After Steep Losses, Bangladesh Learns the Lessons of Disaster
May. 04, 1994
DHAKA, Bangladesh (AP) _ Bangladesh, well versed in calamity, is finally learning some lessons.
Since 130,000 people died in a cyclone three years ago, the government and relief agencies have pumped millions of dollars into disaster defenses.
This time, when another cyclone bearing winds in excess of 100 mph battered the same southeastern coast, there were nowhere near that number of casualties.
''We have still not achieved a full-proof protection network,'' said Abdur Rahim, an official of the Relief Ministry, ''but we have progressed a lot.''
The warm Bay of Bengal is a breeding ground for cyclones that strike this overcrowded country like a recurring nightmare. People here have been keeping records on disasters since 1797, when a storm flattened the port of Chittagong.
Nearly a half-million people died in a 1970 cyclone. In all, 61 major disasters have afflicted this area in the last 197 years.
Many of the 7 million people populating the islands and coastline live in thatched homes that can be blown away by a strong breeze.
With the help of foreign aid since 1991, the number of concrete storm shelters on the coast has tripled to 900, enough to shelter 1 million people. The government says 3,000 shelters are needed to fully protect the millions in worst danger of cyclones.
Evacuation procedures have been improved, with more motorboats and launches recruited to move people to the shelters. Mainland roads have been upgraded.
New high-frequency radios link relief offices in Dhaka, the capital, to 100 outposts in the southern and southeastern areas, many of them remote.
''There could have been many deaths had we not taken proper precautionary measures,'' said Golam Rabbani, a Red Crescent official in southern Chittagong city.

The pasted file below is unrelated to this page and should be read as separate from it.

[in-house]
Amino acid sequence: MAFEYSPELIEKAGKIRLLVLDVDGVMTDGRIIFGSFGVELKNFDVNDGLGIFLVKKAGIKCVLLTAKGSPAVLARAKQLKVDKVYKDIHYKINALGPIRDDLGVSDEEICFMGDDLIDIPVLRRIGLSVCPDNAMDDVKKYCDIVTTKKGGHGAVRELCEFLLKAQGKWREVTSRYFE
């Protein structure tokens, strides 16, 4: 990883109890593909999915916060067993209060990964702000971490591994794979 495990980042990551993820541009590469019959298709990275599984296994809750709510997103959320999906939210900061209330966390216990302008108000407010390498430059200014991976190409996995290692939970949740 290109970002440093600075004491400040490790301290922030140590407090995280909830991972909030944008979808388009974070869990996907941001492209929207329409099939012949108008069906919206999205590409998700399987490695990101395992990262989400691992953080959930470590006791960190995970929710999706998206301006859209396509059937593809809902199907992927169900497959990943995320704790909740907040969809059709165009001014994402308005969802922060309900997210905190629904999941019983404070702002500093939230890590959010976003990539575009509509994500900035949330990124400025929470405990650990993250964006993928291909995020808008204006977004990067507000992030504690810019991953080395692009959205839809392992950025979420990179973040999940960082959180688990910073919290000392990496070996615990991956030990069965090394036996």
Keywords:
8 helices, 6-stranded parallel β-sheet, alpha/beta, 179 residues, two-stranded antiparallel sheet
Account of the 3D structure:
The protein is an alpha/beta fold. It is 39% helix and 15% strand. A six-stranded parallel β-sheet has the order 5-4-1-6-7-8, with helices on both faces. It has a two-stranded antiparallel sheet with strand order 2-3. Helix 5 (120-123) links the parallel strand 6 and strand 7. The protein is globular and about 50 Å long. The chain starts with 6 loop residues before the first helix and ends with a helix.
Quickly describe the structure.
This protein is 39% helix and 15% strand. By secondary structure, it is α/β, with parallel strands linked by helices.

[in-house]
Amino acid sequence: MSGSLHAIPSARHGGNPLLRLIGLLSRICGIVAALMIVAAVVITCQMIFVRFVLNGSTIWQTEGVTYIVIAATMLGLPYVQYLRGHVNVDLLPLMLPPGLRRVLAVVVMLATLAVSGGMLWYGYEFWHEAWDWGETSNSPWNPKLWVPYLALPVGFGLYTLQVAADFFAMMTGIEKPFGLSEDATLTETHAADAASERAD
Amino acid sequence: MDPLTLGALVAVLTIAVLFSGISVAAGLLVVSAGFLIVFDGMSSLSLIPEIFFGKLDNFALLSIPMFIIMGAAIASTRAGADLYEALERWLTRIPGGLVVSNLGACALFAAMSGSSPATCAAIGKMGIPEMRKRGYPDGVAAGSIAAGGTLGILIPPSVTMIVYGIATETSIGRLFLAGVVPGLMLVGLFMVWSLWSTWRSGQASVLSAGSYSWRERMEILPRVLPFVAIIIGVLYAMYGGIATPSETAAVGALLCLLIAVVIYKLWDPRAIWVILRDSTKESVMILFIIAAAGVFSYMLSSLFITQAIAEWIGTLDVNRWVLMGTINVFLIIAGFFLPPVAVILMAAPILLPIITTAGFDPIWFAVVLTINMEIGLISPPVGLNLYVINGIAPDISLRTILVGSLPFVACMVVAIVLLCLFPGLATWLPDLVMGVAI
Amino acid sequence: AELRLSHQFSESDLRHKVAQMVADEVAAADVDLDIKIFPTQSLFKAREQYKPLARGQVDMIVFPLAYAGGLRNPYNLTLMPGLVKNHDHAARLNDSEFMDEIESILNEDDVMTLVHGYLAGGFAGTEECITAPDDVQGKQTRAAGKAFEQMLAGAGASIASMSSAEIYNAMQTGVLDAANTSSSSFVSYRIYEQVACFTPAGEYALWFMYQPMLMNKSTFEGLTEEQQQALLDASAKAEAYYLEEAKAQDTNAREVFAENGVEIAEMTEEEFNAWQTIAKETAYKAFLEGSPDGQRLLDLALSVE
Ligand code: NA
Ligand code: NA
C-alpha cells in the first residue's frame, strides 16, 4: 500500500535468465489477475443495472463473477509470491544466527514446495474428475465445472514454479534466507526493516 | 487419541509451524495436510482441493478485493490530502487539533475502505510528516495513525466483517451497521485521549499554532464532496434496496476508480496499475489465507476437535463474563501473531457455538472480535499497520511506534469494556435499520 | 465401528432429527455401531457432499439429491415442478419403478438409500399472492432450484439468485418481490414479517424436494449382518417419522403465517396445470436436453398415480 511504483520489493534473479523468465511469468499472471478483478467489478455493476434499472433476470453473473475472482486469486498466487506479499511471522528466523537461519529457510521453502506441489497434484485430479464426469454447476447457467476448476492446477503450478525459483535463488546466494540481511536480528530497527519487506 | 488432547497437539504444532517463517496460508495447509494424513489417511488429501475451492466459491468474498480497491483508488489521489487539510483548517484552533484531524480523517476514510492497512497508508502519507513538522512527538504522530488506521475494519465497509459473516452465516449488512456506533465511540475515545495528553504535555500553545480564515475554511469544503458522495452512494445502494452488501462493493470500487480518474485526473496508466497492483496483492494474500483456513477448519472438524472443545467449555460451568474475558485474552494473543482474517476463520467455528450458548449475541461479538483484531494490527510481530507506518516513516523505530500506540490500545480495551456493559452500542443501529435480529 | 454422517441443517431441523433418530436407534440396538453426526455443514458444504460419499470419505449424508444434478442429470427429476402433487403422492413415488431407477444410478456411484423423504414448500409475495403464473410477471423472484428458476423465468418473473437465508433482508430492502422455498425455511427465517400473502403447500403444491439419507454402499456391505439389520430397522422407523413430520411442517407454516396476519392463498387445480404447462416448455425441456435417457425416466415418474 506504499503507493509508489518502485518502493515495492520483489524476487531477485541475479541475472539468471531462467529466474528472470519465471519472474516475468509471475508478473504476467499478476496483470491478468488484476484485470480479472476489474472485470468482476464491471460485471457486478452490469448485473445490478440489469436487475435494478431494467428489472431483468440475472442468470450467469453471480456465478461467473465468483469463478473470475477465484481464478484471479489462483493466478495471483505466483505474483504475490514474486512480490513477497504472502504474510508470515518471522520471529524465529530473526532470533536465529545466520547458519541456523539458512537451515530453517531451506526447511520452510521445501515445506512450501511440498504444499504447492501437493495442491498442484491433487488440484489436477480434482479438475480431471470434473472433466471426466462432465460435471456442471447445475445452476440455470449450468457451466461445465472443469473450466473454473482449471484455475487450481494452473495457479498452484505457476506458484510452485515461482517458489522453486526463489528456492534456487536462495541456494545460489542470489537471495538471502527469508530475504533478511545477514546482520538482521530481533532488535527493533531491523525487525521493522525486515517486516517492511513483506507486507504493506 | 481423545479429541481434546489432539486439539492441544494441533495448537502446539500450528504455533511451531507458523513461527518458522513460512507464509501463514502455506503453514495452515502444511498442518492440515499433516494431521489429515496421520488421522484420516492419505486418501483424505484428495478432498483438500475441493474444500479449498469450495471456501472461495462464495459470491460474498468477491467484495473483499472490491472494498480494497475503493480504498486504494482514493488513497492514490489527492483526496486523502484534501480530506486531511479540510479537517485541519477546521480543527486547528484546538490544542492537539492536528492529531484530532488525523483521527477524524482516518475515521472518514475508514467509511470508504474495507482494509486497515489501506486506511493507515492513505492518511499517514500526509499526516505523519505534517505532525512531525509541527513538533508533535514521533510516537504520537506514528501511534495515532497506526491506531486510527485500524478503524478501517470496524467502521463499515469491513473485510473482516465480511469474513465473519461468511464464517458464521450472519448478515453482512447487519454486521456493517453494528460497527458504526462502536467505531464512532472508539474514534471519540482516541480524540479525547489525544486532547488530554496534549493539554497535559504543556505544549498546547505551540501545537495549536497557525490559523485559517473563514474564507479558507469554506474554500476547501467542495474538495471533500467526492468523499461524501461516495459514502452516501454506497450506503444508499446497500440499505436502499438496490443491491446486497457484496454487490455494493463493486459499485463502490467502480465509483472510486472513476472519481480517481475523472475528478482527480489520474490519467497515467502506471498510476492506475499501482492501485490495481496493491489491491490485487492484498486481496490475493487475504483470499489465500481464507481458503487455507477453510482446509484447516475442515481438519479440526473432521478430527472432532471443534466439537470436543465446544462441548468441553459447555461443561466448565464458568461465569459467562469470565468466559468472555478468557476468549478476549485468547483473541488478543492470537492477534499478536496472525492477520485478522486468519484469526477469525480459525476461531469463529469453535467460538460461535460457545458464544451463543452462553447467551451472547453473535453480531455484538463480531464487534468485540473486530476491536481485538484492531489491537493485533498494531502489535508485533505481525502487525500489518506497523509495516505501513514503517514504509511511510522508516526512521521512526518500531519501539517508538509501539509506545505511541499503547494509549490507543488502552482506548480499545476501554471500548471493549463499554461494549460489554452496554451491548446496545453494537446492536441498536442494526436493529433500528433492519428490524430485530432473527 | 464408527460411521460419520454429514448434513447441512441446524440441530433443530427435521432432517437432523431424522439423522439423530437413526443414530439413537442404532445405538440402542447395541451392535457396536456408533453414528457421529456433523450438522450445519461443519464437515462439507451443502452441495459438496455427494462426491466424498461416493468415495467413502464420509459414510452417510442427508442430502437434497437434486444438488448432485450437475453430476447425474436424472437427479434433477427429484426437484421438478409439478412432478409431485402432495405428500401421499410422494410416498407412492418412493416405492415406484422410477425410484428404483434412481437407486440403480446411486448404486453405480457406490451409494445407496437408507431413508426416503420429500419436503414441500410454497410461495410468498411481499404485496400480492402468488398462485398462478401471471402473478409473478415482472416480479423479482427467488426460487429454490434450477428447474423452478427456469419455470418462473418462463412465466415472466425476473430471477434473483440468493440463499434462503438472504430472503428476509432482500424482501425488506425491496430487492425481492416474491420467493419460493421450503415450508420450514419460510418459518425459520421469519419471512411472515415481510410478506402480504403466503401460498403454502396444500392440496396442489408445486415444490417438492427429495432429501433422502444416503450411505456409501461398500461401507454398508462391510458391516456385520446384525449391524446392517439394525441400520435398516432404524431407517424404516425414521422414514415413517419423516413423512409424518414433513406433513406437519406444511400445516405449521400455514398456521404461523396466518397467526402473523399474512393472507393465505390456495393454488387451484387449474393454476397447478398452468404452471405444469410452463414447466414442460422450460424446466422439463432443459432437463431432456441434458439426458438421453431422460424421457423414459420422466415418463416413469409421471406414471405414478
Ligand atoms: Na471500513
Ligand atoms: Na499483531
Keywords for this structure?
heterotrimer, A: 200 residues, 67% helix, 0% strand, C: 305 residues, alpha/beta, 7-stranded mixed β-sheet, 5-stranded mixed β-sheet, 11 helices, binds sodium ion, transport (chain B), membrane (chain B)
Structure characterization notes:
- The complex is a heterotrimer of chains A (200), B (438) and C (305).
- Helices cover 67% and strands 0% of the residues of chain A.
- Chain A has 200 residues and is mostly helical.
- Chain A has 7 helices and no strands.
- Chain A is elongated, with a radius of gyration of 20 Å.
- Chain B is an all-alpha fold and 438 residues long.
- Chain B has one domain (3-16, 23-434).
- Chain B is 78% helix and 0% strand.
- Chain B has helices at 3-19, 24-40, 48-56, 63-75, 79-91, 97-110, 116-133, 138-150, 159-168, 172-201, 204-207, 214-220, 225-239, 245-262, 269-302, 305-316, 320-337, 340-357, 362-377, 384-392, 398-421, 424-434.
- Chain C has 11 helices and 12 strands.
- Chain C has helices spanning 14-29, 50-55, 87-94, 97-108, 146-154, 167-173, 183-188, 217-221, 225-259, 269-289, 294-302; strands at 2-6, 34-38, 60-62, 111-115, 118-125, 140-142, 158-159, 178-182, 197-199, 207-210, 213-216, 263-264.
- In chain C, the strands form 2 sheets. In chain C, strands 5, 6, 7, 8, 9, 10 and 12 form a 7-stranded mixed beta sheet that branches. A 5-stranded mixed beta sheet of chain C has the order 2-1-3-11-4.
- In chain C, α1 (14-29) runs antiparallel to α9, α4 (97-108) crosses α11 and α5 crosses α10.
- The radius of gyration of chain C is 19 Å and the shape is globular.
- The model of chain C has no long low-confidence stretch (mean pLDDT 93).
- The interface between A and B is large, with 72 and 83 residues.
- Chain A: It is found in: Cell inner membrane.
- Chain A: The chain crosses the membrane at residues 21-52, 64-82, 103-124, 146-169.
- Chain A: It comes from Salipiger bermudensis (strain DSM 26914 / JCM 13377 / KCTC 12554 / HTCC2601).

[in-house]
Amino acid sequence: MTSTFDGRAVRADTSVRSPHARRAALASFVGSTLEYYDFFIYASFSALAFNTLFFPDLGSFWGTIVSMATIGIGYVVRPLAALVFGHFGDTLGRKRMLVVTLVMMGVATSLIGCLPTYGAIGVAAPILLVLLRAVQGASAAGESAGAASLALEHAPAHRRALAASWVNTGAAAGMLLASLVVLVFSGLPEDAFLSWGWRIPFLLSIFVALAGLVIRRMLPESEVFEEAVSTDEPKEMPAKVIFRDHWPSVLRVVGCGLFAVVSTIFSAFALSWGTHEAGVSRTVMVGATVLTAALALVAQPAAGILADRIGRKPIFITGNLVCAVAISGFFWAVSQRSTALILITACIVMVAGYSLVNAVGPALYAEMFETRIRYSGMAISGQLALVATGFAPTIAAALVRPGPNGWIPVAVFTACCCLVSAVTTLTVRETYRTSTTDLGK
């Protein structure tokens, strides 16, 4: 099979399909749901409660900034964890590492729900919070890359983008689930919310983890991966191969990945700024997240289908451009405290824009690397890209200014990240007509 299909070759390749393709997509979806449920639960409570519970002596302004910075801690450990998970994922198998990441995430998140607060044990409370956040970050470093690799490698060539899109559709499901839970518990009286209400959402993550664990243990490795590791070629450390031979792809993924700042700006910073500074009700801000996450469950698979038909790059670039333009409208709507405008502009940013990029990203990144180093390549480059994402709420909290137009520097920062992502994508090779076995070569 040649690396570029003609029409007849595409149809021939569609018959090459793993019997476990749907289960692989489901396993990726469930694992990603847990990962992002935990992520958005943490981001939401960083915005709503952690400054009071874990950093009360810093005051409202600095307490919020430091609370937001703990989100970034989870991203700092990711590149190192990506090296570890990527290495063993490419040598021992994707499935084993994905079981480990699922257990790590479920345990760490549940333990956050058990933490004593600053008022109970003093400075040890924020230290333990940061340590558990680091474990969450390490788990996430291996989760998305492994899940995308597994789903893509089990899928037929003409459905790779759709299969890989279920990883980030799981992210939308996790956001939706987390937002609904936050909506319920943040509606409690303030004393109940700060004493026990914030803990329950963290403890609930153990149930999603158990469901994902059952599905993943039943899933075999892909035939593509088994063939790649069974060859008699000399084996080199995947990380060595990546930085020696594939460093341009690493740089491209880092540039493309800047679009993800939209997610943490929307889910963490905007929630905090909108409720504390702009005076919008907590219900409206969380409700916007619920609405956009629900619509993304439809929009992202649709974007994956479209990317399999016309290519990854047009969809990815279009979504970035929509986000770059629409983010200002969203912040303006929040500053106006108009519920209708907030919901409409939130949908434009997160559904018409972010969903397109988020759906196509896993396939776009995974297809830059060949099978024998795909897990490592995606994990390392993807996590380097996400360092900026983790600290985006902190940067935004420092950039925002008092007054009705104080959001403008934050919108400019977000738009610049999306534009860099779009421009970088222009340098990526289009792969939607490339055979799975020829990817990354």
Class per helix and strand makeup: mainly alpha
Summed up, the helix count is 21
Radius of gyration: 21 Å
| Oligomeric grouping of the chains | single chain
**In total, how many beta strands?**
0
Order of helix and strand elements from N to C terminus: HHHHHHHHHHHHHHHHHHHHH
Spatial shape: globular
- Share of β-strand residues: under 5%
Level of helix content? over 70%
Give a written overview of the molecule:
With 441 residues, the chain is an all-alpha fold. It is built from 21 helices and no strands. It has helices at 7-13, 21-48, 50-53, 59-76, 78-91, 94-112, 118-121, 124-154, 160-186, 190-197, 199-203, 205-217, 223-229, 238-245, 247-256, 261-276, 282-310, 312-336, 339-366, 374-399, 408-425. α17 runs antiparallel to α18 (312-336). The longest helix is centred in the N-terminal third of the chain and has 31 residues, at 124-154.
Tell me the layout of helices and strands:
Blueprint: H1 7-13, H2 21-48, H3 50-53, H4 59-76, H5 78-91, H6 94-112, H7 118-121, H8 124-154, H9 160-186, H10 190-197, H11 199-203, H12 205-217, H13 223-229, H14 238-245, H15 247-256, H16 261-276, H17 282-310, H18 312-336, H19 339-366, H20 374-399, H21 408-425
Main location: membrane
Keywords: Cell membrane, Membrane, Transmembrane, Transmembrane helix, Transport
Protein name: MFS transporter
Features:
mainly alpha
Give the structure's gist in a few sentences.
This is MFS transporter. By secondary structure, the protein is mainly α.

Much of the credit goes to a government-controlled Disaster Preparedness program that enlists volunteers from Western voluntary aid agencies and the Red Crescent Society, the local equivalent of Red Cross.
''Our boys have done a wonderful job,'' said Syed Shahidul Huq Jamal, chairman of the Red Crescent, speaking of the 27,000 volunteers who helped with the evacuation.
The volunteers - 7,000 more than in 1991 - were equipped with loudspeakers, radio sets, speed boats, push carts and rickshaws to evacuate residents.
The evacuation started early Monday, 18 hours before the cyclone hit.
Even the Meteorological Department has done better. Since the storm was spotted Friday near the Andaman Islands, regular round-the-clock bulletins were issued on its progress on state radio, which usually closes at 11:30 p.m.
In 1991, many people failed to heed the evacuation warnings because of several false alarms. Squatters on the outlying islands are particularly loath to leave them unprotected.